Wormtail approached Harry, who scrambled to find his feet, to support his own weight before the ropes were untied. Wormtail raised his new silver hand, pulled out the wad of material gagging Harry, and then, with one swipe, cut through the bonds tying Harry to the gravestone. There was a split second, perhaps, when Harry might have considered running for it, but his injured leg shook under him as he stood on the overgrown grave, as the Death Eaters closed ranks, forming a tighter circle around him and Voldemort, so that the gaps where the missing Death Eaters should have stood were filled. Wormtail walked out of the circle to the place where Cedric's body lay and returned with Harry's wand, which he thrust roughly into Harry's hand without looking at him. Then Wormtail
resumed his place in the circle of watching Death Eaters. "You have been taught how to duel, Harry Potter?" said Voldemort softly, his red eyes glinting through the darkness. At these words Harry remembered, as though from a former life, the dueling club at Hogwarts he had attended briefly two years ago. ... All he had learned there was the Disarming Spell, "Expelliarmus". . . and what use would it be to deprive Voldemort of his wand, even if he could, when he was surrounded by Death Eaters, outnumbered by at least thirty to one? He had never learned anything that could possibly fit him for this. He knew he was facing the thing against which Moody had always warned . . . the unblockable Avada Kedavra curse - and Voldemort was right - his mother was not here to die for him this time. ... He was quite unprotected. . . . "We bow to each other, Harry," said Voldemort, bending a little, but keeping his snakelike face upturned to Harry. "Come, the niceties must be observed. . . . Dumbledore would like you to show manners. . . . Bow to death, Harry ..." The Death Eaters were laughing again. Voldemorts lipless mouth was smiling. Harry did not bow. He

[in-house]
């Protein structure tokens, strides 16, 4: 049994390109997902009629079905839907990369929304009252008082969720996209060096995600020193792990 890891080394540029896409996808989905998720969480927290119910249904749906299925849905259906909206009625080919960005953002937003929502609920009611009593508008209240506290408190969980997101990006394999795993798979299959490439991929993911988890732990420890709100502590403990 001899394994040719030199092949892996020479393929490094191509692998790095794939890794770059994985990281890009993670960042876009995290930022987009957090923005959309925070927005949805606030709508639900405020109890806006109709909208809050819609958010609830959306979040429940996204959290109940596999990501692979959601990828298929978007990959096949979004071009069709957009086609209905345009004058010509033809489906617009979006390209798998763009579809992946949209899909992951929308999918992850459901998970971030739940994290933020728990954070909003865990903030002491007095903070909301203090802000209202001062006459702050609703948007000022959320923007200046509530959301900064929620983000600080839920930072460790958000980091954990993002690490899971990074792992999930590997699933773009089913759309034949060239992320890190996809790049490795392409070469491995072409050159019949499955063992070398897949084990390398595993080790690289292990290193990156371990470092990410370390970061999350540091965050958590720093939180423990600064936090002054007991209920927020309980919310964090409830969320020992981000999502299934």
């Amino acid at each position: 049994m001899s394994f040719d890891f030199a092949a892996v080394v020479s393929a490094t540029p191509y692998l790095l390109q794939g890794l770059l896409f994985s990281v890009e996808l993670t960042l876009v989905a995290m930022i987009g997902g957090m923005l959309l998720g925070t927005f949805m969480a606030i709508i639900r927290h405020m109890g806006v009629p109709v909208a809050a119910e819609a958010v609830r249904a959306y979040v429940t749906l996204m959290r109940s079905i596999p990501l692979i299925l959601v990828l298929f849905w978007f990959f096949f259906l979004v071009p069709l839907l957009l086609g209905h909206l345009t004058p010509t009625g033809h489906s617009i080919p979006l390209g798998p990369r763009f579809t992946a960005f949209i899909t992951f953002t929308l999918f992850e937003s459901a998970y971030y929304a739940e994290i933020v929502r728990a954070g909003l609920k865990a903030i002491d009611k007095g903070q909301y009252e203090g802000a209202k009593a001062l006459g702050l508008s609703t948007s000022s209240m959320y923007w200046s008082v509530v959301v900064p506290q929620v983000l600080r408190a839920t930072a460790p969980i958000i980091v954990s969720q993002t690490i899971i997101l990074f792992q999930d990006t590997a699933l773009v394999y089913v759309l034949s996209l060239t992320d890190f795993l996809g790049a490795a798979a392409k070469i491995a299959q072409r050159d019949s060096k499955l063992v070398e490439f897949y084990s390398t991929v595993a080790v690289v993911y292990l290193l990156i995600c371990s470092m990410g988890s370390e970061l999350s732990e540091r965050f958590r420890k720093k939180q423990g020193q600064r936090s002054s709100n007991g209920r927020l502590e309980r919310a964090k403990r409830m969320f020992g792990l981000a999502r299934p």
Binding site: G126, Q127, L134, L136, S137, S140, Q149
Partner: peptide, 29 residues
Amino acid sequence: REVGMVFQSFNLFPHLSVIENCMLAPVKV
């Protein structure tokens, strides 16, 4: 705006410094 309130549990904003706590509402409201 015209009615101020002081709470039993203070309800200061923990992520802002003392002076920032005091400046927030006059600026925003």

was not going to let Voldemort play with him before killing him ... he was not going to give him that satisfaction. . . . "I said, bow," Voldemort said, raising his wand - and Harry felt his spine curve as though a huge, invisible hand were bending him ruthlessly forward, and the Death Eaters laughed harder than ever. "Very good," said Voldemort softly, and as he raised his wand the pressure bearing down upon Harry lifted too. "And now you face me, like a man . . . straightbacked and proud, the way your father died. . . . And now - we duel." Voldemort raised his wand, and before Harry could do anything to defend himself, before he could even move, he had been hit again by the Cruciatus Curse. The pain was so intense, so all-consuming, that he no longer knew where he was. . . . White-hot knives were piercing every inch of his skin, his head was surely going to burst with pain, he was screaming more loudly than he'd ever screamed in his life And then it stopped. Harry rolled over and scrambled to his feet; he was shaking as uncontrollably as Wormtail had done when his hand had been cut off; he staggered sideways into the wall of watching